My students often observe on their first or second lessons (especially when I teach couples) that learning to dance is a lot like therapy. Actually, they usually say that it’s harder than therapy!
My job is super awesome, even when I’m doing more marriage counseling than dance teaching. Sometimes you need an external mediator and observer – especially when the pattern of behavior in a relationship has calcified. The most typical thing I see is a couple (usually a long-married straight couple) where one is always on the other’s case about some damn thing or another. It’s so unproductive, especially because the conversations usually go like this:
Blamer: Well, I just can’t do my steps right because s/he’s doing *this* (demonstrates hyper-exaggerated version of some minor flaw).
Me: Well, maybe the reason s/he’s doing that is because you’re doing x, y, and z, which makes it very difficult for the step to happen. Try this.
Blamer: Oh, wow, that worked so much better!
The default assumption tends to be, I am doing my part just right and trying hard and this person I am dancing with is DELIBERATELY messing up and trying to make it harder for me ON PURPOSE and now I can’t do my part properly.
No. No, that is not what is happening. Stop it. Please stop it, you are not helping. It boils down to this:
You cannot dance the other person’s part.
I think that a lot of partnering issues can be resolved with the following four guidelines:
- Give your partner the benefit of the doubt. Assume that they are trying their best and that the efforts they are making are in good faith.
- Value what they are contributing to the partnership. Turns out you cannot do partner dancing by yourself! Even if you are awesome and amazing and free of any fault ever, you need them.
- Accept it. (This is a rule of improv, but it works for partner dancing, too). Rather than trying to argue when your partner says, I think you are doing x, or I feel like y is happening at this point, just accept it. Say, okay! What can we do about that? (Even if you think they are wrong. Even if you KNOW they are wrong.)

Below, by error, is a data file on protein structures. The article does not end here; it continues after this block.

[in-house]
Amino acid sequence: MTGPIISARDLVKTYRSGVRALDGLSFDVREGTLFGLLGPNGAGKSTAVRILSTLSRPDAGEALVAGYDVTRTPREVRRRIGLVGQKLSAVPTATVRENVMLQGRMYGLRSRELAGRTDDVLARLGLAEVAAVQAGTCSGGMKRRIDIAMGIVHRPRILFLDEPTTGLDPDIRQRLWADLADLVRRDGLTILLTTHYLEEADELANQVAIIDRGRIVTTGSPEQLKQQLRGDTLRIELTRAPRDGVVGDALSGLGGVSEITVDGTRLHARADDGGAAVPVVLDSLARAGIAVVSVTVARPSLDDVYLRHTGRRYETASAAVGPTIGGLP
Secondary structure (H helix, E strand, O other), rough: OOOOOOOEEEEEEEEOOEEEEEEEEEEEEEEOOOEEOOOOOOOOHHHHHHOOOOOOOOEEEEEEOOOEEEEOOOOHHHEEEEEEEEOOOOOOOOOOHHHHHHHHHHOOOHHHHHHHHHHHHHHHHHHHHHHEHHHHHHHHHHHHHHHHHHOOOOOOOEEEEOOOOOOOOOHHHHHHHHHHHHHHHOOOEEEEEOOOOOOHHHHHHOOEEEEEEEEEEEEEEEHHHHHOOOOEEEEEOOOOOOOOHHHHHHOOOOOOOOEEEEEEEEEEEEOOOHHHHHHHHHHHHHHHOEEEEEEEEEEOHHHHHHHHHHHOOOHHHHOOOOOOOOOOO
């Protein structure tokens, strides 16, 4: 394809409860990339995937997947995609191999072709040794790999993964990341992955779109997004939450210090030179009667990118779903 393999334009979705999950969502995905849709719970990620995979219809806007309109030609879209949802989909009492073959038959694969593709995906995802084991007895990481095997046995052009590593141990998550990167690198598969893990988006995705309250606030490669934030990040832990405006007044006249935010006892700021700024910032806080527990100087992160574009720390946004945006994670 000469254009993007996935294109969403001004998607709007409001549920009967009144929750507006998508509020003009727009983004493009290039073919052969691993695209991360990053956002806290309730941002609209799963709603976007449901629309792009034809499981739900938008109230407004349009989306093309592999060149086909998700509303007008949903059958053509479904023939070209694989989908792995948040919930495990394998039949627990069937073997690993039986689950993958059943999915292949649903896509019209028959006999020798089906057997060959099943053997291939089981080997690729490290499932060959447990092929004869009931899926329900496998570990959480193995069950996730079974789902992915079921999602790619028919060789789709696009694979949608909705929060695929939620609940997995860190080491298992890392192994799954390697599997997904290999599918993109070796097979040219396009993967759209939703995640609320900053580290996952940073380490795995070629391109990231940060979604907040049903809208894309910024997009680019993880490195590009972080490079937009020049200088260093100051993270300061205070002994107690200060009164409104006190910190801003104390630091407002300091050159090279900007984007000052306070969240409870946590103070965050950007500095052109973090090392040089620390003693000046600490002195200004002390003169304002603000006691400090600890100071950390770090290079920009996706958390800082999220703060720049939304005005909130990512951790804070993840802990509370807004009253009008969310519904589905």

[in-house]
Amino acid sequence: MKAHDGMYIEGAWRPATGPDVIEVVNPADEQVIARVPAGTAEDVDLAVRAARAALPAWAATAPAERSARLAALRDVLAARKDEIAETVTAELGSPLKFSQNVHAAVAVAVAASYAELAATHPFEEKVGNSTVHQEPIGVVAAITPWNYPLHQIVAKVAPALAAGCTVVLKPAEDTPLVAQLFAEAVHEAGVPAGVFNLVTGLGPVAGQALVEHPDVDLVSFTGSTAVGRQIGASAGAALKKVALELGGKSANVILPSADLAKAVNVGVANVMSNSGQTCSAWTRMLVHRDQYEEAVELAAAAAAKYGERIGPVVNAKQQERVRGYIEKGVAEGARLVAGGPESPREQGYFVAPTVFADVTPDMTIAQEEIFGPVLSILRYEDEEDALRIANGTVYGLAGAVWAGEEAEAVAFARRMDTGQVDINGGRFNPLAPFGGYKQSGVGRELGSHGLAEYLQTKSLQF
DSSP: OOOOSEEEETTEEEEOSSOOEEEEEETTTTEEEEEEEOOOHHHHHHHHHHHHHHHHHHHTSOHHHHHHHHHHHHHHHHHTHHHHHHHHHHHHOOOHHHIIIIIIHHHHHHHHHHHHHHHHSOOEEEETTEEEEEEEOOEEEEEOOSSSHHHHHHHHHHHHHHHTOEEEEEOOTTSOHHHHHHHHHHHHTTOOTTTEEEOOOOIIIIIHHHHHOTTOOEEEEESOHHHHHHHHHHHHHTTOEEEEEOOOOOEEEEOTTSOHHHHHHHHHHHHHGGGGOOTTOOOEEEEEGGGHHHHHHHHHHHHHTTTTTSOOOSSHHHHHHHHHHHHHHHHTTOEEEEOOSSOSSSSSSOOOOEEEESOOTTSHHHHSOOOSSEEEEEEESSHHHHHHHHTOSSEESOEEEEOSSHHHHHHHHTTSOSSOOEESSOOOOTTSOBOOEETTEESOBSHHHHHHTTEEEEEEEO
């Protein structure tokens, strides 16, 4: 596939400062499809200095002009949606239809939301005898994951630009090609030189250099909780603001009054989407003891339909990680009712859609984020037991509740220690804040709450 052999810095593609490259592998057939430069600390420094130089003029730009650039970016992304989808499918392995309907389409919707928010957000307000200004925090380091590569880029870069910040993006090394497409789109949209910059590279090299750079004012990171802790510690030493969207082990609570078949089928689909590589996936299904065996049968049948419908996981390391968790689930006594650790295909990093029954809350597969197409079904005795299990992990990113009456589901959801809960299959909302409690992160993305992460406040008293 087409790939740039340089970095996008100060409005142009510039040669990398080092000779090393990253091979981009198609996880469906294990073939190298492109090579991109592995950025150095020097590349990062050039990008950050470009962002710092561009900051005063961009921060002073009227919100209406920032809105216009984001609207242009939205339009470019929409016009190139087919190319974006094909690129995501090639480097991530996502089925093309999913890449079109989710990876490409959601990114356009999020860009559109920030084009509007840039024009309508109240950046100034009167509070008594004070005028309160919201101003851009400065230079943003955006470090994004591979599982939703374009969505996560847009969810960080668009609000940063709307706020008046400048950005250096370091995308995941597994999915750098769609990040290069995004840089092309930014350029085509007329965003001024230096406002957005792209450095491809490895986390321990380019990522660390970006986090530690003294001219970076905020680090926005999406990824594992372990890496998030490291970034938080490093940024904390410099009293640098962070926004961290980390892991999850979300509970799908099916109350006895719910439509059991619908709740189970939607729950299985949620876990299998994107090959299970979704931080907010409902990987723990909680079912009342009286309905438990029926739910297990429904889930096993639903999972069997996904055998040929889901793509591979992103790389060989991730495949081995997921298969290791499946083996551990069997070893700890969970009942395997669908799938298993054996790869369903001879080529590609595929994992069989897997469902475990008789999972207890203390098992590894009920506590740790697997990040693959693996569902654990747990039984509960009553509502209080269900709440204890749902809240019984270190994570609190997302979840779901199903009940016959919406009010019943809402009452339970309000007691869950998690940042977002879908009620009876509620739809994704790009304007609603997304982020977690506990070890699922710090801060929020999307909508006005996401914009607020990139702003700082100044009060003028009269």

- Solve the problem, not the relationship. Is he getting in your way on the second half of that turn? Are you pulling him off balance with your spiral? Maybe! You know what that is? It’s a discrete and specific problem, not a verdict on your entire history and interaction with that person. Yes, I know. He always does this, that, or some other damn thing. Get over it and fix your turn. Have drinks and bitch at each other later, or go complain to your friends, but keep that shit off the floor.
In thinking about prospective partners, the biggest criterion for me is RESPECT. Namely: will this person treat me with respect, will he value what I do and what I bring to the partnership? A coach once said to me – and this is probably my favorite thing ever –
You can make somebody a better dancer, but you can’t make them not an asshole.
So. True. I have danced with enough people who don’t respect me to know that it makes a HUGE difference. Things will not always go well. You will have good days and bad days, you will fuck up sometimes and they will fuck up sometimes and everybody will have their feelings hurt. But if there is a fundamental respect for each other, that is not the end of the world, and it will not make you feel like the bottom of someone’s shoe.
In other words, we need to take a fucking cue from what happens here at 0:38:
Let’s all try to be more like Riccardo, please! How great is he??